However, the U.S. Department of Labor Bureau of Labor Statistics reported in January 2023 in USDL Report 23-0071 a downturn in the percentage of union employees in the 2022 U.S. workforce:

“The number of wage and salary workers belonging to unions, at 14.3 million in 2022, increased by 273,000, or 1.9 percent, from 2021. However, the total number of wage and salary workers grew by 5.3 million (mostly among nonunion workers), or 3.9 percent. This disproportionately large increase in the number of total wage and salary employment compared with the increase in the number of union members led to a decrease in the union membership rate. The 2022 unionization rate (10.1 percent) is the lowest on record. In 1983, the first year where comparable union data are available, the union membership rate was 20.1 percent and there were 17.7 million union workers.”

Employer Election Petitions Increased Following Cemex Ruling

As we reported in August, the Board majority’s recent ruling in Cemex Construction Materials Pacific, LLC announced a new framework to determine when employers must bargain with unions without a representation election. The Cemex ruling not only revived the Joy Silk doctrine, which had allowed unions to bypass an official NLRB election with only a card-check count serving instead as a “vote,” but went beyond Joy Silk by further removing one option for an employer to seek an election that Joy Silk had allowed. After the Board released the Cemex decision, employers filed 28 RM petitions (petitions for an election) with the agency’s field offices after being asked to voluntarily recognize employees’ unions. Under the Cemex framework, when a union requests recognition on the basis that a majority of employees in an appropriate bargaining unit have designated the union as their representative, an employer must either recognize and bargain with the union or promptly file an RM petition, the NLRB explained.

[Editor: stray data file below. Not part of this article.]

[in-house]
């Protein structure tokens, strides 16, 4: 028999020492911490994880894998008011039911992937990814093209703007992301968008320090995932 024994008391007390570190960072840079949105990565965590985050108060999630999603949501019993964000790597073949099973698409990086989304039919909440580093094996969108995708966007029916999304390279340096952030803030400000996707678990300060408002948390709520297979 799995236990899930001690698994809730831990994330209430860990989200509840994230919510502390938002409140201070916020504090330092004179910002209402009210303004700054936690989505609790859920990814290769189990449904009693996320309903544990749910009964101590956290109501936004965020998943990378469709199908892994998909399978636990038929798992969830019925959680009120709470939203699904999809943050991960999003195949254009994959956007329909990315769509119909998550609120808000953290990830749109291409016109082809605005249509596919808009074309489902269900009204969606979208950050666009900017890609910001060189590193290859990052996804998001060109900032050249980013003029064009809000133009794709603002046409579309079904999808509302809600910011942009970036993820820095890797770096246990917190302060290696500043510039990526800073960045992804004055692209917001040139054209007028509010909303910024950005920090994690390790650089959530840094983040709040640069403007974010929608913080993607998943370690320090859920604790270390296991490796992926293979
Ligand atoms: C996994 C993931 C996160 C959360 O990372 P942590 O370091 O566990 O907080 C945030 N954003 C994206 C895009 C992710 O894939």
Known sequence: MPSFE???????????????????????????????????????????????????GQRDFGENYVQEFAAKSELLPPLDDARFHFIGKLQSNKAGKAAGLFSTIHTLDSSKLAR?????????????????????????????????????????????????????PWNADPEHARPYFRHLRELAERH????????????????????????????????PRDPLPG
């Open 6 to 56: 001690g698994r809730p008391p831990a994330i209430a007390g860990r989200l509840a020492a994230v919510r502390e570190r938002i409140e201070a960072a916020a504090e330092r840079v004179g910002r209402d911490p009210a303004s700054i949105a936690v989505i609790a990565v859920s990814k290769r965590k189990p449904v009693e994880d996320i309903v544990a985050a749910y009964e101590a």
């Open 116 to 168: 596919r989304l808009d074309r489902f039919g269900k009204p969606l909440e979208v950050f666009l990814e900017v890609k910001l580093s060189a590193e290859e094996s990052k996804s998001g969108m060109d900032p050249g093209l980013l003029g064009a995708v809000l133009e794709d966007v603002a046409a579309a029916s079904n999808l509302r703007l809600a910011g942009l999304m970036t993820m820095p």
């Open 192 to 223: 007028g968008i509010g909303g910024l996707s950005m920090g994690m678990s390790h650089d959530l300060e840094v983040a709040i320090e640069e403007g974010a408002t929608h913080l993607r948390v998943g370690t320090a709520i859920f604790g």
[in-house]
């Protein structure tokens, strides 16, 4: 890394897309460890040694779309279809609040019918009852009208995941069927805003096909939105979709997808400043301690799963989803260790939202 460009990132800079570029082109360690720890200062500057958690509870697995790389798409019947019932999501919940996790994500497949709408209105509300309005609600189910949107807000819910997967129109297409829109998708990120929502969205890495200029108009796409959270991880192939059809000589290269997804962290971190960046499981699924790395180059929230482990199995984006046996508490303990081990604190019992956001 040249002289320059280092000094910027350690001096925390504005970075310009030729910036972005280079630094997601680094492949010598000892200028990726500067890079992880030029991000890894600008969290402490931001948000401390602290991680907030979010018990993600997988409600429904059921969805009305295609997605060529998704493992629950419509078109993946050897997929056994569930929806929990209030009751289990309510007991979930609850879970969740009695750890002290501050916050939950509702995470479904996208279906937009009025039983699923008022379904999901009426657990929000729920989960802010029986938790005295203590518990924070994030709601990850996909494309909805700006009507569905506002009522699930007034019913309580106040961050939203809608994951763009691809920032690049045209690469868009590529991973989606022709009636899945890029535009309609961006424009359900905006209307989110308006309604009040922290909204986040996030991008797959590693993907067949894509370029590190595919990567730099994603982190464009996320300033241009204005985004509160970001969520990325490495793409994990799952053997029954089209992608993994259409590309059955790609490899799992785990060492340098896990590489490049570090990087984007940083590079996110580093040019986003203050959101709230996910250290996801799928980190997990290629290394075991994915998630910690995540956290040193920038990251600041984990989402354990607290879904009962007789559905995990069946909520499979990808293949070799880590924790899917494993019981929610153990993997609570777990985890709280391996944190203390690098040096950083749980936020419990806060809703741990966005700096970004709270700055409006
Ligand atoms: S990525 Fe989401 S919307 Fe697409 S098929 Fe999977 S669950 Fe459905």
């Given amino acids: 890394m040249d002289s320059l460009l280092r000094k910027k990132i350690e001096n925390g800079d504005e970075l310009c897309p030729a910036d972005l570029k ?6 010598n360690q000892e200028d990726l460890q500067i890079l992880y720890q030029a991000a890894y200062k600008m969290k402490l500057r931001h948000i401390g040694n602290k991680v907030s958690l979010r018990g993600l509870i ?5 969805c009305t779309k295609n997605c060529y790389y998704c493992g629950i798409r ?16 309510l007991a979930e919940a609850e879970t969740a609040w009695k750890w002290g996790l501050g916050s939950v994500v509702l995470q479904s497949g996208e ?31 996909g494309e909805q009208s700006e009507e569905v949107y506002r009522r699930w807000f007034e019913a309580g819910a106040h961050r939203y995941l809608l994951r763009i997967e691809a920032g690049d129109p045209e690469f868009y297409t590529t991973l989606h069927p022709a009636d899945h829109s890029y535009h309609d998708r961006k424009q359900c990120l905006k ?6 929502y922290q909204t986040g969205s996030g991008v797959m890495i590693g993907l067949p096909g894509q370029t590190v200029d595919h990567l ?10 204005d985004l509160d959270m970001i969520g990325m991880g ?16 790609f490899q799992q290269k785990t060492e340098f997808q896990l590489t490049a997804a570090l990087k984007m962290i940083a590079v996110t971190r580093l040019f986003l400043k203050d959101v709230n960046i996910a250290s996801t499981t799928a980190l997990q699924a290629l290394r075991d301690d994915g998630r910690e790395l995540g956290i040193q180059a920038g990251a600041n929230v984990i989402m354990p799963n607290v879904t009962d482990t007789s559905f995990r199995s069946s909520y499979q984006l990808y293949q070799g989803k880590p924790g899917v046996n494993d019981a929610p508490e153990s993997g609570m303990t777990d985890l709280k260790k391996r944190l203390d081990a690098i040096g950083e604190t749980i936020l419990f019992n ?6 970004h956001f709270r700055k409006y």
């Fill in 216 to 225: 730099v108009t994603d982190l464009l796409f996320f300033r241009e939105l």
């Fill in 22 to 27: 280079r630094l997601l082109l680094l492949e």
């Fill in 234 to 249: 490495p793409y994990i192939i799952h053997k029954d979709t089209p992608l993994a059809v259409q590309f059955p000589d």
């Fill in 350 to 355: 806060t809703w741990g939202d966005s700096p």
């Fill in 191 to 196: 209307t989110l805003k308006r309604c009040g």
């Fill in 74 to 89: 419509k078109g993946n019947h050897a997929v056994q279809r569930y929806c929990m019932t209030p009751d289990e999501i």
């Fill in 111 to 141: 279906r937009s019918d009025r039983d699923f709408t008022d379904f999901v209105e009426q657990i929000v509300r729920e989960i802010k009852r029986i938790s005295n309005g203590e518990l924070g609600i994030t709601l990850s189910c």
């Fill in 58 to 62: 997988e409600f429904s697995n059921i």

Budget Concerns Continue

Noting that this increase in activity in its field offices resulted in a corresponding increase in workload for the adjudicative side of the agency, the Board again bemoaned its budget woes. (See our related story from last November here.) The NLRB reported that it issued 246 decisions in contested cases during FY 2023, including more than a dozen significant precedent-setting cases, an uptick from 243 decisions in FY 2022.

The Board’s increased productivity also slightly lowered the median age of cases pending before it – from 108 days in FY 2022 to 106 days in FY 2023. Yet, similar to FY 2022, a significant jump in case intake overtook the NLRB’s case processing numbers. In FY 2023, the Board received 321 ULP and representation cases, up from 308 cases in FY 2022, driven by a 10 percent rise in representation cases brought before it. Consequently, even though the agency’s staffing levels remained static, it processed more cases than last fiscal year. The rise in case intake left 191 pending before the Board at the end of FY 2023, an increase from 145 in FY 2022.

In December 2022, Congress gave the NLRB a $25 million increase in budget dollars for FY 2023, ending a hiring moratorium, preventing furloughs, and allowing the NLRB to backfill some critical staff vacancies. However, the agency says it remains understaffed after almost a decade of flat funding. In the past two decades, staffing in field offices has shrunk by 50 percent. In its statement reporting the FY 2023 statistics, the Board advocated for President Biden’s proposed FY 2024 budget increase of $376 million. Its FY 2023 allocation was $299,224,000. (See our story on the President’s FY 2024 budget proposal here.)